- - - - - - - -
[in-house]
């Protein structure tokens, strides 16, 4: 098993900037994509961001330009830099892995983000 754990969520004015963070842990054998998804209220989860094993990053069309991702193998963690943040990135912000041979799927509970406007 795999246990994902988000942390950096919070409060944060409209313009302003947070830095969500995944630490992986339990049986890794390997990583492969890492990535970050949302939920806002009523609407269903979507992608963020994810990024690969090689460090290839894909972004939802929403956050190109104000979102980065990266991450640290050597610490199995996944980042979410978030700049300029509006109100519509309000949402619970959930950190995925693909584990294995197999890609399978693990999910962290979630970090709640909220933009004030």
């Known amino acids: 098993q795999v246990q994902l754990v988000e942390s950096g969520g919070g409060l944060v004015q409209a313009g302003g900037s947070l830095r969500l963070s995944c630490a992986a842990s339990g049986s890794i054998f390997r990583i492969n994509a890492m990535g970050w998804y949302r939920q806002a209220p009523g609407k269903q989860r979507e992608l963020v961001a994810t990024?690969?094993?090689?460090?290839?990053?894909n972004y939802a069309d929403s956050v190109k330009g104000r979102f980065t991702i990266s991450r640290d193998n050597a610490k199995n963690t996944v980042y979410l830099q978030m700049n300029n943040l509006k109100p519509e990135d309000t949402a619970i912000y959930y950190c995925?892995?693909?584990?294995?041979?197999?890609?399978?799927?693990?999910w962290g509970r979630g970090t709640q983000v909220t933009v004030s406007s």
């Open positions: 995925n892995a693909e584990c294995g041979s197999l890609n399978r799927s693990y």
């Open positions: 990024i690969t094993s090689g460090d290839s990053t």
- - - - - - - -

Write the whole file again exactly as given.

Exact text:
[in-house]
């Protein structure tokens, strides 16, 4: 098993900037994509961001330009830099892995983000 754990969520004015963070842990054998998804209220989860094993990053069309991702193998963690943040990135912000041979799927509970406007 795999246990994902988000942390950096919070409060944060409209313009302003947070830095969500995944630490992986339990049986890794390997990583492969890492990535970050949302939920806002009523609407269903979507992608963020994810990024690969090689460090290839894909972004939802929403956050190109104000979102980065990266991450640290050597610490199995996944980042979410978030700049300029509006109100519509309000949402619970959930950190995925693909584990294995197999890609399978693990999910962290979630970090709640909220933009004030």
């Known amino acids: 098993q795999v246990q994902l754990v988000e942390s950096g969520g919070g409060l944060v004015q409209a313009g302003g900037s947070l830095r969500l963070s995944c630490a992986a842990s339990g049986s890794i054998f390997r990583i492969n994509a890492m990535g970050w998804y949302r939920q806002a209220p009523g609407k269903q989860r979507e992608l963020v961001a994810t990024?690969?094993?090689?460090?290839?990053?894909n972004y939802a069309d929403s956050v190109k330009g104000r979102f980065t991702i990266s991450r640290d193998n050597a610490k199995n963690t996944v980042y979410l830099q978030m700049n300029n943040l509006k109100p519509e990135d309000t949402a619970i912000y959930y950190c995925?892995?693909?584990?294995?041979?197999?890609?399978?799927?693990?999910w962290g509970r979630g970090t709640q983000v909220t933009v004030s406007s």
């Open positions: 995925n892995a693909e584990c294995g041979s197999l890609n399978r799927s693990y």
């Open positions: 990024i690969t094993s090689g460090d290839s990053t």